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Went out this a.m. to do LT intervals, and I just couldn't.(5 posts)

Went out this a.m. to do LT intervals, and I just couldn't.bill
Jun 17, 2003 7:51 AM
Had planned on 3x6 intervals, which I've been doing now for weeks. I guess I was still tired from the Sunday ride. I started, and I just thought, this sucks. It's supposed to suck, but this really sucked. Couldn't get a rhythm, couldn't get my HR up (which I may have been paying too much attention to, which is really my question, I guess). I tried one interval, cut it short, tried a second, which actually felt a little more like it's supposed to, but still sucked too much, and then just spun home.
I don't know. Did I do the right thing? Should I have struggled through it? I'm 44, and I just figured, live to fight another day.
listen to your bodyTime Trial dot org
Jun 17, 2003 8:20 AM
I always listen to my body and sometimes, usually through stress events in my life, I opt out of a hard training session because I cannot get wholeheartedly into it.

I make those sessions work however, and have a peaceful nice 'fun ride' at about 75% MHR.

Later in the week I will make up the hard session.

It is important to keep it fun and not make training a chore that you suffer through, it raises the possibility of burnout.

I have seen many racers quit after a few years becuase of this. I switched from racing MTB in 2000 to Tri in 2001 to TT in 2002 just to keep it mixed up and fun.



www.timetrial.org
welcome to the midseason doldrums (I'm so there...)lonefrontranger
Jun 17, 2003 6:56 PM
This is a good sign that it's time to take a break. My suggestion is to get out the beater or MTB, take off all analytical equipment (including speedometer, HRM, etc...) and go ride trails or something just for fun. Do this for a week solid. Don't push yourself, enjoy yourself.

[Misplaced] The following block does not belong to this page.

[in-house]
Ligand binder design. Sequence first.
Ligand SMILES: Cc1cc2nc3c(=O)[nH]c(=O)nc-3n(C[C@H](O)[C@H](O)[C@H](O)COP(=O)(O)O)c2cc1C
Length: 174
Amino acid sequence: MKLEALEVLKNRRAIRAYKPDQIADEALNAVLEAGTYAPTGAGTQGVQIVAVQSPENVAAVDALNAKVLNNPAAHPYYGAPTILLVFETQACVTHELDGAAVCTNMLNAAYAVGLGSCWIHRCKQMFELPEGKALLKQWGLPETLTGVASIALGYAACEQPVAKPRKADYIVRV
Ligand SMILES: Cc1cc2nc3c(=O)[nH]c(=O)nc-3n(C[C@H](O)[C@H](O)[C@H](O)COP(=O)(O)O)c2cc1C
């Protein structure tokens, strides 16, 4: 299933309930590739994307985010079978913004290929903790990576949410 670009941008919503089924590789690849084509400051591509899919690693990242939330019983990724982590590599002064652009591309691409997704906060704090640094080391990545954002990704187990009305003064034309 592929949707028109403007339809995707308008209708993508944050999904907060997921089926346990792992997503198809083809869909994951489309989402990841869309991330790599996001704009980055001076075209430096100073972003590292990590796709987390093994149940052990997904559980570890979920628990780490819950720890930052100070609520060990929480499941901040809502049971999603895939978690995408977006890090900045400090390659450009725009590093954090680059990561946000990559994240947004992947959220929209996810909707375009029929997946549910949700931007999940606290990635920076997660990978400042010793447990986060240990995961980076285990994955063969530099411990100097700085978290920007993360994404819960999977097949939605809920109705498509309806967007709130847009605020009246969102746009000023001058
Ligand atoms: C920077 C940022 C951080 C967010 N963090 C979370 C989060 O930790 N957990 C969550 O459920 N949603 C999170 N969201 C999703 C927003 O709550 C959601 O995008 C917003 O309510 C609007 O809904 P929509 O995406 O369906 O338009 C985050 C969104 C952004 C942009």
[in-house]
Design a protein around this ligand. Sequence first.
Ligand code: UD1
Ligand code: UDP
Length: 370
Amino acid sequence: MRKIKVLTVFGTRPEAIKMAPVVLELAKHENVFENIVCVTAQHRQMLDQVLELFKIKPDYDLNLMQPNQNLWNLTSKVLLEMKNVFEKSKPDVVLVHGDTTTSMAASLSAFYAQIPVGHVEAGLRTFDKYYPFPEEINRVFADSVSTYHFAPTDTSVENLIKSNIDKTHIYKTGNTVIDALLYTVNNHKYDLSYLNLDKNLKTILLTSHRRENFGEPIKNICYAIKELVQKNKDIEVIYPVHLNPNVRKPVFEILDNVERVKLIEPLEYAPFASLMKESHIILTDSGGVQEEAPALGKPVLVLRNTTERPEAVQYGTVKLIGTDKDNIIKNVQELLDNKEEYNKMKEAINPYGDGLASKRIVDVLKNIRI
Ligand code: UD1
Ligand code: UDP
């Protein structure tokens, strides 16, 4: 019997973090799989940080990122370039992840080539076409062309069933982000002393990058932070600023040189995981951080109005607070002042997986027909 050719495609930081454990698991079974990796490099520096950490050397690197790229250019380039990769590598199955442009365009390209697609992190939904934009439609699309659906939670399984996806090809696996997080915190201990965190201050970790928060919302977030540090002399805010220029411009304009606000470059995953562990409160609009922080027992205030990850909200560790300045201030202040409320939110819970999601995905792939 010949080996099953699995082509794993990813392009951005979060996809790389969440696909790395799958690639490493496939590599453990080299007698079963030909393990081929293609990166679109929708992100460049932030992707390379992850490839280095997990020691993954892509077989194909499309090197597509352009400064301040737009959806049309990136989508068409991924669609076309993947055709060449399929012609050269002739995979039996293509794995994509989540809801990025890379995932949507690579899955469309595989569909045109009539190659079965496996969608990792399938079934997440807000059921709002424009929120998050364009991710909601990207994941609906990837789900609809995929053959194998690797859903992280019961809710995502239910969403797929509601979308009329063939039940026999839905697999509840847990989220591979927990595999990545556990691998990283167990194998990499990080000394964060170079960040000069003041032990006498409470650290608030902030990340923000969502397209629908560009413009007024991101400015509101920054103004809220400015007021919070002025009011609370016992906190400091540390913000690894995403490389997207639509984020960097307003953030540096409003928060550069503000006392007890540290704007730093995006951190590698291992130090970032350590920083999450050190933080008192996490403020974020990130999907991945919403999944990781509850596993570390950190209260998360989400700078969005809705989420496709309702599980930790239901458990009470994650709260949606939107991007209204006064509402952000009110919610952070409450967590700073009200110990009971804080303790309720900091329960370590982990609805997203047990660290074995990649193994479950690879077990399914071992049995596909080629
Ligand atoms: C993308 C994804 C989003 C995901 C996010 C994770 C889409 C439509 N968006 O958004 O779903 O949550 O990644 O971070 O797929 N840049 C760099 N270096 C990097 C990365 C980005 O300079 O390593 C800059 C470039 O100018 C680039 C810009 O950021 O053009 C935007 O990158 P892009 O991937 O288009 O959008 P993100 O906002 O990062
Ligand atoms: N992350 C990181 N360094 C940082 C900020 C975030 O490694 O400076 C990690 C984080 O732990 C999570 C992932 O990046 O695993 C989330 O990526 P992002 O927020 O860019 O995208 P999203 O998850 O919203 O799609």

You'd be amazed at what a break can do for you.

I DNF'ed on Saturday after exactly 1 & 1/4 laps of a 5 lap circuit race. I have never had such horrible bad legs in my entire life. It wasn't cramps or lactic burn, it just felt like I had a leg migraine, to the point where I couldn't even push a 27 up a fairly simple climb.

Yeah, so okay I won a crit on Sunday, but that doesn't matter. For now, I'm off the bike for a week, then I'll do some base and fun stuff on the cross bike and/or fixie for a week. Then I'll slowly start building back up. You simply cannot keep on the same intensity all season, your CNS (central nervous system) can't handle it. Either you take a break, or your body will take it for you - you'll get sick or injured or just feel like crap.
Everyone is different, what works for me.Canidraftyou
Jun 17, 2003 10:42 PM
I always plan 2 or 3 jumps prior to intervals. You know your body best. Like another said, you need to listen to your body, my guest is that you did right. Reference to watching your HR, you need to watch your HR. Many times I have been on the bike and thought I was kicking ass, but later found I was only high on supplements. Your Ave. mph with current HR will tell alot.

Im sure I have not told you anything you dont know, but at times we need to share our lowes.

Peace out
re: Went out this a.m. to do LT intervals, and I just couldn't.Dream plus
Jun 18, 2003 6:29 AM
As LFR mentioned - it's time for a break. Don't cut it short.
This happened to me last year. A lot of it was mental but I believe a lot was that I was not focusing on recovery. I'm 48. This year I'm trying 3 week cycles instead of 4 week cycles with every third week being a recovery week - DRASTICALLY reduced hours no structured intervals, and only one group ride. I have raced during these weeks no problem.
Also you mention youve been doing these same intervals for weeks. I'd try different intervals. Maybe Big gear, or hill, or longer or shorter or something.
Another thing I did was realize I wasn't very good at self coaching. I was following Friels' book but I think I misinterpreted a lot of what was in it. This year I signed up on Training bible and I believe it has helped me avoid problems as much as build race fitness. So maybe a coach could help.
As others have noted something new and fresh can help - try another type of racing. I moved into road racing from mtb to mix things up. I know people who have tried Xterra, cross etc. Good luck